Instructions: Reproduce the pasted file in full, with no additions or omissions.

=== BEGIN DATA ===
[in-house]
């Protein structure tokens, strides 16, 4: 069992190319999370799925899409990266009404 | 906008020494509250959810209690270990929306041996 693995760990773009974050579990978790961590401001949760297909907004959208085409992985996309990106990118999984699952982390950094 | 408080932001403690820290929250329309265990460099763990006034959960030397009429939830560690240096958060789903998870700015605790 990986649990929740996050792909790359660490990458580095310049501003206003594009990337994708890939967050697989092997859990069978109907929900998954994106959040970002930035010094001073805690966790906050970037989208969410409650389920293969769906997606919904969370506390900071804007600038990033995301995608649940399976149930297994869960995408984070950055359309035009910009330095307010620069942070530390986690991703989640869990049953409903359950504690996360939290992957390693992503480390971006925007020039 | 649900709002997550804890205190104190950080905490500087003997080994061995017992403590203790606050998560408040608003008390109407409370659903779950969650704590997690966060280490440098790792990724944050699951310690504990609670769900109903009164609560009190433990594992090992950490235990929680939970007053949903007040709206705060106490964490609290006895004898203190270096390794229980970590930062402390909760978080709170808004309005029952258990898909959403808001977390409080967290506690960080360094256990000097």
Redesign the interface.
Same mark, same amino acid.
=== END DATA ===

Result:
[in-house]
């Protein structure tokens, strides 16, 4: 069992190319999370799925899409990266009404 | 906008020494509250959810209690270990929306041996 693995760990773009974050579990978790961590401001949760297909907004959208085409992985996309990106990118999984699952982390950094 | 408080932001403690820290929250329309265990460099763990006034959960030397009429939830560690240096958060789903998870700015605790 990986649990929740996050792909790359660490990458580095310049501003206003594009990337994708890939967050697989092997859990069978109907929900998954994106959040970002930035010094001073805690966790906050970037989208969410409650389920293969769906997606919904969370506390900071804007600038990033995301995608649940399976149930297994869960995408984070950055359309035009910009330095307010620069942070530390986690991703989640869990049953409903359950504690996360939290992957390693992503480390971006925007020039 | 649900709002997550804890205190104190950080905490500087003997080994061995017992403590203790606050998560408040608003008390109407409370659903779950969650704590997690966060280490440098790792990724944050699951310690504990609670769900109903009164609560009190433990594992090992950490235990929680939970007053949903007040709206705060106490964490609290006895004898203190270096390794229980970590930062402390909760978080709170808004309005029952258990898909959403808001977390409080967290506690960080360094256990000097």
Redesign the interface.
Same mark, same amino acid.